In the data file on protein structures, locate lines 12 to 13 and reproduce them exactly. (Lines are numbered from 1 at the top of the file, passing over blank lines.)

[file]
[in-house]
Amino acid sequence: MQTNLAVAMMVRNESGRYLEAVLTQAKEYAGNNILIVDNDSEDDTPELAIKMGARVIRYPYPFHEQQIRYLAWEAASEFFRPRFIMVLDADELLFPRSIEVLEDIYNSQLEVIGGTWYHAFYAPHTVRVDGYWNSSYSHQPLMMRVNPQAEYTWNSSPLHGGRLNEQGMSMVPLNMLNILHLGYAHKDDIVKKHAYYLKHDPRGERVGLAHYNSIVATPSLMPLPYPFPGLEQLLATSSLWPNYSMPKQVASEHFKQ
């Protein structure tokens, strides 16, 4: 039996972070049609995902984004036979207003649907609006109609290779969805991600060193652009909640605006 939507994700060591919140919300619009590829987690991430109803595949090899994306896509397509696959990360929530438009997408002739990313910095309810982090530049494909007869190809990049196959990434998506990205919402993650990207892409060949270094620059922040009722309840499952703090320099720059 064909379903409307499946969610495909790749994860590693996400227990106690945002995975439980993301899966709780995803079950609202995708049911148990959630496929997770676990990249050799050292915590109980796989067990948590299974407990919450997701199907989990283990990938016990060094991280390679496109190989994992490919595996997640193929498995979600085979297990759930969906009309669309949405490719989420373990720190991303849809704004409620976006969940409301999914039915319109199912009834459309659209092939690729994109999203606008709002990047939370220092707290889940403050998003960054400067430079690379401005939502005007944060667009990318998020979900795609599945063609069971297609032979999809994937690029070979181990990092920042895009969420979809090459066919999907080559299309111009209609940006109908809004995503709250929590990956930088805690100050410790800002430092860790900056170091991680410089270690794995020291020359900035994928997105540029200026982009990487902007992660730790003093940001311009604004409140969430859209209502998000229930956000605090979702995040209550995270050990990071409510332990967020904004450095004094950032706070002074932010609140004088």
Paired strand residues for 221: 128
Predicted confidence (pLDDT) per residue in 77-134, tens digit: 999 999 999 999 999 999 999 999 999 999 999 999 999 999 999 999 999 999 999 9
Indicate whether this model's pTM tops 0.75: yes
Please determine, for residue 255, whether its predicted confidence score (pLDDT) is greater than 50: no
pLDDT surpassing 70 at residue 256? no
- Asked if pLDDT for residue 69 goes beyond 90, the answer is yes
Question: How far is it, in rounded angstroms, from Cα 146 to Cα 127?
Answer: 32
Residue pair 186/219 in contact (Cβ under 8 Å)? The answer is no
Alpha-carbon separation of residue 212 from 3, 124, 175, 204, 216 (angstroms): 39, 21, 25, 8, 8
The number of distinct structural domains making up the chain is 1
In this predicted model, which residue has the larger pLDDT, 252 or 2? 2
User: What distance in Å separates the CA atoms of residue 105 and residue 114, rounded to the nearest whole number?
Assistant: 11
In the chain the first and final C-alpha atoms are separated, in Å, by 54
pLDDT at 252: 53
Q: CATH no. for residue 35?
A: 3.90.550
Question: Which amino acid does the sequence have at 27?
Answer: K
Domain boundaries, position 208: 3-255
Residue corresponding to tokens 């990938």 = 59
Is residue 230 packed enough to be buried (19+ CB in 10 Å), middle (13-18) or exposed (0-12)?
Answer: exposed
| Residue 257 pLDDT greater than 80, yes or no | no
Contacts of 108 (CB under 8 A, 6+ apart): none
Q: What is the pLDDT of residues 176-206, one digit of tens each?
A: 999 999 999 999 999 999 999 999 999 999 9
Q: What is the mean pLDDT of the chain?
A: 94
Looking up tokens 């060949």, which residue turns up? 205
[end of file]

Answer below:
Residue pair 186/219 in contact (Cβ under 8 Å)? The answer is no
Alpha-carbon separation of residue 212 from 3, 124, 175, 204, 216 (angstroms): 39, 21, 25, 8, 8